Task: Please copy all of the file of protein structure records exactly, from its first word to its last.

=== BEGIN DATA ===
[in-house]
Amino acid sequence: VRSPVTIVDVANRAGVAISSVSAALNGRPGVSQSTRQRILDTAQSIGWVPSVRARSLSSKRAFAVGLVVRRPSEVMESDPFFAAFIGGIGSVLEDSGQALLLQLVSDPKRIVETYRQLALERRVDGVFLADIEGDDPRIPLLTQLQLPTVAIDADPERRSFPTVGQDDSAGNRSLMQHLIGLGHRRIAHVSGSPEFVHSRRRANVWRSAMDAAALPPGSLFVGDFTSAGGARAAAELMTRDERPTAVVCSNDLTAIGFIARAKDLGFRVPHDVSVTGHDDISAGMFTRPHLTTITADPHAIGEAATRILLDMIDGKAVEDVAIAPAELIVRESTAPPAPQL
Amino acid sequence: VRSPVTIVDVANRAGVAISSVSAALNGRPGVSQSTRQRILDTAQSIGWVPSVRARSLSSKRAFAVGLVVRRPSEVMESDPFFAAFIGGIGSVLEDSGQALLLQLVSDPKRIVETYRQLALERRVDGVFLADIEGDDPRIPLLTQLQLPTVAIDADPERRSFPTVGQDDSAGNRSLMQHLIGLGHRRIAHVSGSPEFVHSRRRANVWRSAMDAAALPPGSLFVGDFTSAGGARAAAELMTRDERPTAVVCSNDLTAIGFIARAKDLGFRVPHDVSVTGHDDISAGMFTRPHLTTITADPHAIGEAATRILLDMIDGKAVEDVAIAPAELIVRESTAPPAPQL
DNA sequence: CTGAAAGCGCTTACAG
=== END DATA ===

[in-house]
Amino acid sequence: VRSPVTIVDVANRAGVAISSVSAALNGRPGVSQSTRQRILDTAQSIGWVPSVRARSLSSKRAFAVGLVVRRPSEVMESDPFFAAFIGGIGSVLEDSGQALLLQLVSDPKRIVETYRQLALERRVDGVFLADIEGDDPRIPLLTQLQLPTVAIDADPERRSFPTVGQDDSAGNRSLMQHLIGLGHRRIAHVSGSPEFVHSRRRANVWRSAMDAAALPPGSLFVGDFTSAGGARAAAELMTRDERPTAVVCSNDLTAIGFIARAKDLGFRVPHDVSVTGHDDISAGMFTRPHLTTITADPHAIGEAATRILLDMIDGKAVEDVAIAPAELIVRESTAPPAPQL
Amino acid sequence: VRSPVTIVDVANRAGVAISSVSAALNGRPGVSQSTRQRILDTAQSIGWVPSVRARSLSSKRAFAVGLVVRRPSEVMESDPFFAAFIGGIGSVLEDSGQALLLQLVSDPKRIVETYRQLALERRVDGVFLADIEGDDPRIPLLTQLQLPTVAIDADPERRSFPTVGQDDSAGNRSLMQHLIGLGHRRIAHVSGSPEFVHSRRRANVWRSAMDAAALPPGSLFVGDFTSAGGARAAAELMTRDERPTAVVCSNDLTAIGFIARAKDLGFRVPHDVSVTGHDDISAGMFTRPHLTTITADPHAIGEAATRILLDMIDGKAVEDVAIAPAELIVRESTAPPAPQL
DNA sequence: CTGAAAGCGCTTACAG